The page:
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Rent to buy - scam or good idea?

(18 Posts)
EvilEyeButterPie Tue 16-Nov-10 19:18:37

Me and DH are wanting to buy our own house, but will need to move out of this (rented) house soon as well (landlord is being awful). We have seen these rent to buy schemes where we would rent a house and buy it after a couple of years. Does anyone have any experience of these?

feelingfairlyfestive Tue 16-Nov-10 20:15:10

I bought a shared ownership property, where I have a mortgage for half (minus deposit) and rent the other 50% at a subsidised rent. This is through a housing association and has been a fantastic way to get on the property ladder. Not sure I would do something privately though, the paper work would have to be airtight to avoid future problems.

lalalonglegs Tue 16-Nov-10 20:20:44

I think the problem with this is that you are tied in to buying a new-build property at a (often) very inflated price. I think you would be better off buying conventionally. If you think you will be able to afford a house in a couple of years but not yet, it is probably better to wait. These schemes are a way of developers filing houses that no one wants.

lalalonglegs Tue 16-Nov-10 20:21:30

filling not filing

EvilEyeButterPie Tue 16-Nov-10 20:50:38

With the scheme I am looking at, you can buy any house. The man from the scheme has basically told me to go away and find a house. I've to put him in touch with the seller and he will negotiate the final details. He said not all sellers will go for it, but round here, houses can be on the market for years, and there are quite a few people who end up renting against their will because nobody has the money to buy, at least this way they would be getting an income and eventually a buyer. Lots of properties with no upward chain round here as well.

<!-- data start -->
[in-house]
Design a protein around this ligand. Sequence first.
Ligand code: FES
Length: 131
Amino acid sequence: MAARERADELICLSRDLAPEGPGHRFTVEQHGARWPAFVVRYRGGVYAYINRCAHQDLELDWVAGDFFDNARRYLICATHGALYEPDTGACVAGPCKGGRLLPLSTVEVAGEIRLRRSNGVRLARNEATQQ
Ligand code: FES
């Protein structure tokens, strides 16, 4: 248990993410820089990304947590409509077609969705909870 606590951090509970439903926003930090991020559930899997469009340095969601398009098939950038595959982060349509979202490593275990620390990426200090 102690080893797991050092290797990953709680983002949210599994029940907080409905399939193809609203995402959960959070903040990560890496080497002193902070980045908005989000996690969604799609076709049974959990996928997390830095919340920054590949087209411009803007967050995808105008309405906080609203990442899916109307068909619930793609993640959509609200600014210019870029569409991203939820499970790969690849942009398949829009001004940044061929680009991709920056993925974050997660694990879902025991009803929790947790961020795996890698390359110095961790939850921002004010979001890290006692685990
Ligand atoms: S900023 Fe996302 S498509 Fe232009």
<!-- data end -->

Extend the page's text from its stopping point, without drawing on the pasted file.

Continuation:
I wouldn't like a new build tbh.

It just seems daft to move in a couple of months to rented, and then again in one to three years (depending on how quickly we save up) and all that time have the risk of being evicted on the landlords whim.

We would be buying (and renting in the meantime) at market rates, although our rent would have some on top to pay into our deposit.

Houses we are looking at start at £65,000 needing renovations and go up to about £120,000 for a newly modernised property. There was one new build, but it was a barrat box with a postage stamp garden and much more expensive than the nice solid ex council houses we were looking at for half the price. We would need a deposit of 3% of the property value to move in and begin the renting part, then 15% to buy it.

We did consider buying the house we are renting now, but it is only two bedrooms and ideally we would like a spare room that we could put one of the kids in as they get older.

lalalonglegs Tue 16-Nov-10 20:58:19

I've got to be honest, I've only heard about the new-build versions. Could you send me a link to this scheme - it sounds intriguing.

EvilEyeButterPie Tue 16-Nov-10 21:22:14

There are loads of websites for it - admittedely they do tend to look a bit worringly cheaply built.

I'd be really interested to know people's thoughts - it seems a bit too good to be true...

lalalonglegs Tue 16-Nov-10 21:38:26

I think it depends how fairly the properties are priced both in terms of rent and in terms of asking price. If you are renting for a couple of years, I would worry that the LL, thinking you may be buying at the end of it, just won't bother maintaining it as the price has already been agreed.